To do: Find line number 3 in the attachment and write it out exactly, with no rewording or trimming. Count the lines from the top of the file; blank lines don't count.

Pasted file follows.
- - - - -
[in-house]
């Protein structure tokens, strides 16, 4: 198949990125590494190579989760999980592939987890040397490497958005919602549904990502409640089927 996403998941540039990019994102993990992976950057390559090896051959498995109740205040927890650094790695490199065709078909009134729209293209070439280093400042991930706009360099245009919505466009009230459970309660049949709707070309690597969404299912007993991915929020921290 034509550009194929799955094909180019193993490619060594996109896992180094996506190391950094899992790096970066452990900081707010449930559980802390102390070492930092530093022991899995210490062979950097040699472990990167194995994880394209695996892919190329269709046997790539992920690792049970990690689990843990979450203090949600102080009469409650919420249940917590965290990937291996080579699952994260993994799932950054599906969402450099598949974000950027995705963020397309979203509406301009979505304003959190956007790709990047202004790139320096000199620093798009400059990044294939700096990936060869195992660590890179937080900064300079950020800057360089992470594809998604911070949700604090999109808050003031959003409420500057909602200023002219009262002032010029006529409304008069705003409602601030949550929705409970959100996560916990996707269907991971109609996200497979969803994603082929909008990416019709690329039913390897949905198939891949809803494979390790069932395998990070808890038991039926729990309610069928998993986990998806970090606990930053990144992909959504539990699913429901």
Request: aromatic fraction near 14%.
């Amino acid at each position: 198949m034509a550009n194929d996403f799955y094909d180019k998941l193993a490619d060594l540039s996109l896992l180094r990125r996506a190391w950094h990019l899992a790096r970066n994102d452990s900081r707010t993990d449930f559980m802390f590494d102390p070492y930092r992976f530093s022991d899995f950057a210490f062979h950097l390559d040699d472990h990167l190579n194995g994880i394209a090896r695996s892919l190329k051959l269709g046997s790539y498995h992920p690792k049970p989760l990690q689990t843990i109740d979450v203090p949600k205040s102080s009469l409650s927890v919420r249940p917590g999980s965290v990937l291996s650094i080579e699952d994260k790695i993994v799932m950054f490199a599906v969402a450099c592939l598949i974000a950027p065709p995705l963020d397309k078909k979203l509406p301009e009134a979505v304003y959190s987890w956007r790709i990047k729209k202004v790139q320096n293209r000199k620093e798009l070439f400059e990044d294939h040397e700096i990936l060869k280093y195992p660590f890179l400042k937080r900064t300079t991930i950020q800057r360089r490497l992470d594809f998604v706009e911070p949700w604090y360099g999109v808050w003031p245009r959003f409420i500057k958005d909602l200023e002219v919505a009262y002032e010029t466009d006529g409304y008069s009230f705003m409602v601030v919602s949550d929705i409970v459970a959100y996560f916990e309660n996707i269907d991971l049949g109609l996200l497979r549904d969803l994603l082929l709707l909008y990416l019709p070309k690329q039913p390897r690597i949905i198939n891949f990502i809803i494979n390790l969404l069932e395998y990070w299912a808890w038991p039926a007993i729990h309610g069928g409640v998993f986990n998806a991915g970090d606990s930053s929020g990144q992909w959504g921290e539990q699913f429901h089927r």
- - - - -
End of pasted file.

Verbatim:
Request: aromatic fraction near 14%.